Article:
If I am not for myself who will be for me?
This year is the twentieth anniversary of the Older Women's League (OWL), a national organization founded by the late Tish Sommers and Laurie Shields of Oakland California, and dedicated to the political and economic concerns of women over fifty while also providing an introduction for younger women interested in what lies ahead.
In the Seventies, when Sommers and Shields came on the scene, the value of women was still tied like a tin can to their age. If women dared to grow old in spite of society's disapproval, their concerns more or less vanished from the national radar screen. Tired of this insult and of being marginalized, the founders, both middle-aged, reacted like latter day suffragettes and rallied older women on their own behalf into a precursor of OWL, the Displaced Homemaker's Network. A network offering support, skills and direction to women widowed or divorced after years as homemakers and often discarded like obsolete washing machines.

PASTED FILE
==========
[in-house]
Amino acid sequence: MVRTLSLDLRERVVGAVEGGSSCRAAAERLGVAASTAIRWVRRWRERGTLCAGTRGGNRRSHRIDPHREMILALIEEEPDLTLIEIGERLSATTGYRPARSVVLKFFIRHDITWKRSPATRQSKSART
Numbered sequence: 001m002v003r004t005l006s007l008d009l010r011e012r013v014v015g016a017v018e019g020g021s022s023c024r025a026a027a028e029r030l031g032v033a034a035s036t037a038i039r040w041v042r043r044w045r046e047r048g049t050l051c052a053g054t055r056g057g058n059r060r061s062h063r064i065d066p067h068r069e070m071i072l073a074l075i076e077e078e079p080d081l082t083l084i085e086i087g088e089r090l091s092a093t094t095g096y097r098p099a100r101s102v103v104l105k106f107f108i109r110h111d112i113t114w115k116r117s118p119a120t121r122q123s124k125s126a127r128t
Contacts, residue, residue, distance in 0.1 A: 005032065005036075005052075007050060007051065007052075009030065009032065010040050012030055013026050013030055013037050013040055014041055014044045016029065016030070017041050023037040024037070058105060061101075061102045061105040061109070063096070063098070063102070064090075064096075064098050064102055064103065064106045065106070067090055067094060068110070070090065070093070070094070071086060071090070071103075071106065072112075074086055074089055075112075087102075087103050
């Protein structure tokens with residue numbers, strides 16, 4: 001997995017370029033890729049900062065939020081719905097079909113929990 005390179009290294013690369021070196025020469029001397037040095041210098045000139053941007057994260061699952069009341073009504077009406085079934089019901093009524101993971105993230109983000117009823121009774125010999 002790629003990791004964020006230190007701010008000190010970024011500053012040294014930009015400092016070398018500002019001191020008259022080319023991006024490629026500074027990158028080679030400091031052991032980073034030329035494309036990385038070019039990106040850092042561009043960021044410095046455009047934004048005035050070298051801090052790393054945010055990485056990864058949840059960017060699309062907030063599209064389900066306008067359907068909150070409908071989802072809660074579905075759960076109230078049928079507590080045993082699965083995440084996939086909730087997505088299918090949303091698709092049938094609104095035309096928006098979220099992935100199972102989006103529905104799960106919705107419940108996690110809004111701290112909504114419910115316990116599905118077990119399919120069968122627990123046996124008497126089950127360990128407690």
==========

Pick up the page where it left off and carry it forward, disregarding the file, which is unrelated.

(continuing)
Less than a decade later, these two indomitable women did it again. This time by organizing the Older Women's League as a forum for the relatively unheard voices of women over fifty. This forum has become a political force with national headquarters in Washington and chapters all over the country addressing issues such as Medicare, Social Security and affordable housing. In 1999, due largely to ongoing efforts by OWL members, legislation benefiting older women was passed into law. Aside from OWL's political and economic focus, the social aspect of membership is worth considering. Friendships develop, laughs are shared and there is usually a party or two. Today, OWL has sixty one chapters and, as of March '99, six thousand members including myself and Betty Soldz, a regular contributor to this website and a board member of the Ohlone east bay chapter in Oakland, CA.
Where we women well beyond youth are concerned, Hillel, a famous Jewish scholar certainly got it right when he said, "If I am not for myself who will be for me?"